Stay vig­i­lant over Tai­wan sep­a­ratists, build ties: Xi

China Daily (Canada) - - FRONT PAGE -

im­proved markedly since the party re­gained the lead­er­ship of Tai­wan in 2008. But its poor elec­toral show­ing last year has made the main op­po­si­tion Demo­cratic Pro­gres­sive Party, which is pro-in­de­pen­dence, a strong con­tender in the 2016 “pres­i­den­tial” elec­tion.

Xi un­der­scored the land­mark 1992 Con­sen­sus be­tween the is­land and the Chi­nese main­land, say­ing no ob­sta­cle ex­ists to ex­changes be­tween any po­lit­i­cal par­ties and groups in Tai­wan and the main­land as long as there is shared con­sen­sus that the main­land and Tai­wan be­long to one and same China.

Ni Yongjie, deputy direc­tor of the Shang­hai In­sti­tute of Tai­wan Stud­ies, said Xi has ar­tic­u­lated Bei­jing’s cross-Straits pol­icy at a sen­si­tive time, and also the great im­por­tance the lead­er­ship at­taches to the ties, and the dam­age caused by proin­de­pen­dence forces.

The pres­i­dent, who spent more than a decade work­ing in Fu­jian prov­ince, which lies across the Straits from Tai­wan, said the main­land is com­mit­ted to a peace­ful cross-Straits pol­icy and to bring­ing benefits to peo­ple on both sides of the wa­ter­way.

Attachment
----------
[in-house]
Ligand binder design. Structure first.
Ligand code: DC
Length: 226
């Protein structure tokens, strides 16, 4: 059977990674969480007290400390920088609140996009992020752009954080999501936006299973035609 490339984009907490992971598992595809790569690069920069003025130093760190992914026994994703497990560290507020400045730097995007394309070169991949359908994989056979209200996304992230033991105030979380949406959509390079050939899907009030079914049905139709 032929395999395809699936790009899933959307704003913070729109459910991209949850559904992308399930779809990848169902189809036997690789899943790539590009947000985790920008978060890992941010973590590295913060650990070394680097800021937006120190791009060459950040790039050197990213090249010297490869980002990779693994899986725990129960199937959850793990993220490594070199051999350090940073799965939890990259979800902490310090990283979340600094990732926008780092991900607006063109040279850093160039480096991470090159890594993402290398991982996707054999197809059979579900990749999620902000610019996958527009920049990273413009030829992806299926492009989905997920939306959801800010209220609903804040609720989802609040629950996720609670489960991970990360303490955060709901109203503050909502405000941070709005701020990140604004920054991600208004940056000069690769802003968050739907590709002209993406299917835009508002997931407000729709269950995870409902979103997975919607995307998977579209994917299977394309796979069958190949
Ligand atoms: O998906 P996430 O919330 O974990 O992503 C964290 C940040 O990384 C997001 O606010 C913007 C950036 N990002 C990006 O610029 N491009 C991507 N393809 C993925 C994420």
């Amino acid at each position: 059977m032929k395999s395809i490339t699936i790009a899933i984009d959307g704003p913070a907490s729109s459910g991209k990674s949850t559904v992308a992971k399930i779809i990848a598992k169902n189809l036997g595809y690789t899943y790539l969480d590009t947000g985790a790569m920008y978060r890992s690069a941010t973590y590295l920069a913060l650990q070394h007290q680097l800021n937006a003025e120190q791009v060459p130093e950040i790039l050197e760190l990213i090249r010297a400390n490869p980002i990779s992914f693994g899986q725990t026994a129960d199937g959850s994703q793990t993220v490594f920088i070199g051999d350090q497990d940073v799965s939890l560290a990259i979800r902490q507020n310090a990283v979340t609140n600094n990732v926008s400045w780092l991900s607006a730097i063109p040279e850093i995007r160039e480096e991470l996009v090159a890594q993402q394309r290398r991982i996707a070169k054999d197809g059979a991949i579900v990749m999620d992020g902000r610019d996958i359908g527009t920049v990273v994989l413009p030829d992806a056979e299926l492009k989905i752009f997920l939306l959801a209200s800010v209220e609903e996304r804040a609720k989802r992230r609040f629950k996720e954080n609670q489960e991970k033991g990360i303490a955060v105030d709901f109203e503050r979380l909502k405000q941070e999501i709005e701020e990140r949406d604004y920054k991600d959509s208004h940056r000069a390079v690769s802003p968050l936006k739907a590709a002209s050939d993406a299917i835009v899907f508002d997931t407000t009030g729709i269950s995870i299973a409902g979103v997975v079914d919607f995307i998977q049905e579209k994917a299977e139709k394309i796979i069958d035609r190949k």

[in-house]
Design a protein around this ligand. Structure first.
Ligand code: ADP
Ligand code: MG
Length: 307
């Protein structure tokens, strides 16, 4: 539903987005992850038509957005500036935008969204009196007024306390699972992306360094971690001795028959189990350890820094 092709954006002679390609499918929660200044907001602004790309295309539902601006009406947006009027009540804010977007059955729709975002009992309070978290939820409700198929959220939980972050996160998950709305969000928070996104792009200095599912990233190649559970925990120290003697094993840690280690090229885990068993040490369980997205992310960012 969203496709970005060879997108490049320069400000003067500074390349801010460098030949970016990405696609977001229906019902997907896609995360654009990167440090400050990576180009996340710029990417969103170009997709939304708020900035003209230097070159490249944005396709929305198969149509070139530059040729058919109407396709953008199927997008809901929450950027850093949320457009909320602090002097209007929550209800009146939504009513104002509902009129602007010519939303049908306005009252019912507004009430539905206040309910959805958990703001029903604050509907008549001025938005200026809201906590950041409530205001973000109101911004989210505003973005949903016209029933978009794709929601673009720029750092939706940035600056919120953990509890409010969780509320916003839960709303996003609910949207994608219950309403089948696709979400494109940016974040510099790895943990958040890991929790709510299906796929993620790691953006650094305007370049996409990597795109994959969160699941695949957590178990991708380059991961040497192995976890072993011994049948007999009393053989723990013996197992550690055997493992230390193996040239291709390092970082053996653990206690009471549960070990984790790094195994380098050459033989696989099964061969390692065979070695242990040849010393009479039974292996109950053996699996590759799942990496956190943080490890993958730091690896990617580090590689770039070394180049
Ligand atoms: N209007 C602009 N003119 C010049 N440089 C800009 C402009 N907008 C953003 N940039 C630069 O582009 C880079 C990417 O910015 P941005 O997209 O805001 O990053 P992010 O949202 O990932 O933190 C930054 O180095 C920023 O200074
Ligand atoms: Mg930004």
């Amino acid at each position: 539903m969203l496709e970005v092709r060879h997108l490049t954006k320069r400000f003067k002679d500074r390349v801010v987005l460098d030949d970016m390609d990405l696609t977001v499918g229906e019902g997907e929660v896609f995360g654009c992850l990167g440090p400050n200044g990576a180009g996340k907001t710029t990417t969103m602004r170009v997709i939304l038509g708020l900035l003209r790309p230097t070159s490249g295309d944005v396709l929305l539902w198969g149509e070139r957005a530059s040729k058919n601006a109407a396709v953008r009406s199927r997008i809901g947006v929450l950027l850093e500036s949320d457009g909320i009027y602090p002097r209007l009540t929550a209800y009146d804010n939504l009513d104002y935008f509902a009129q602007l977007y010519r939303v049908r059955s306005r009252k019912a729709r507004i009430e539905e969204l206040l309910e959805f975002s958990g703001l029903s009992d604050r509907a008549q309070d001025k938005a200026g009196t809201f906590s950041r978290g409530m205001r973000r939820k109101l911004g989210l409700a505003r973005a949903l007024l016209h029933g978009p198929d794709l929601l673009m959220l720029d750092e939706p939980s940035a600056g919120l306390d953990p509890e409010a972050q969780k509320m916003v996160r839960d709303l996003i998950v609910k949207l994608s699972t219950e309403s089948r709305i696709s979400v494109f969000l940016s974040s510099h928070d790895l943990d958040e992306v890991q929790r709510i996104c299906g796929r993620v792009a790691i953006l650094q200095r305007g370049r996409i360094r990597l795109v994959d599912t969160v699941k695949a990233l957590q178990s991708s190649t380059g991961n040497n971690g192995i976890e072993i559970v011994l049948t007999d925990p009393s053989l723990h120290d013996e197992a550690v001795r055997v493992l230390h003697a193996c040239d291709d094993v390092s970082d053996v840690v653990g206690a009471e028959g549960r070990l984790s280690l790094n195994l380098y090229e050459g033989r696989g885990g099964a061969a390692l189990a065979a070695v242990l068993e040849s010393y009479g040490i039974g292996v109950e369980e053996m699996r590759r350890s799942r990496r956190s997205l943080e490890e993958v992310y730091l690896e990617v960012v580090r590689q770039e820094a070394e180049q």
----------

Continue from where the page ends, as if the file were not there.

“We are will­ing to learn Tai­wan com­pa­tri­ots’ thoughts and needs. ... The main­land’s devel­op­ment will gen­er­ate more op­por­tu­ni­ties, and we would like to let Tai­wan com­pa­tri­ots share the op­por­tu­ni­ties,” he said.

Xi said the key fac­tor de­cid­ing the di­rec­tion of cross-Straits ties is the main­land’s devel­op­ment and progress.

The main­land is the is­land’s largest trad­ing part­ner, with two-way trade reach­ing $198.31 bil­lion last year, a year-on-year in­crease of 0.6 per­cent.

Yang Jian, a na­tional po­lit­i­cal ad­viser and vice-chair­man of the Tai­wan Demo­cratic Self­Gov­ern­ment League, called for in­creased ex­changes be­tween the main­land and “third forces” whose in­flu­ence has been in­creas­ing.

Ji Bin, deputy head of the All-China Fed­er­a­tion of Tai­wan Com­pa­tri­ots, sug­gested that young peo­ple from Tai­wan should be en­cour­aged to start busi­nesses on the main­land.

Ji, who is also a na­tional po­lit­i­cal ad­viser, said that peo­ple from Tai­wan who have worked or lived on the main­land for a long time should be treated in the same way as those who were born and raised on the main­land.

Ob­servers said more Tai­wan peo­ple want to work on the main­land, but they feel they would face dif­fi­cul­ties in med­i­cal care and their chil­dren’s ed­u­ca­tion.


From right: Chi­nese Pres­i­dent Xi Jin­ping, Pre­mier Li Ke­qiang and Na­tional Peo­ple's Congress Stand­ing Com­mit­tee Chair­man Zhang De­jiang at­tend the open­ing meet­ing of the third ses­sion of the 12th Chi­nese Peo­ple’s Po­lit­i­cal Con­sul­ta­tive Con­fer­ence Na­tional Com­mit­tee at the Great Hall of the Peo­ple in Bei­jing on Tues­day.

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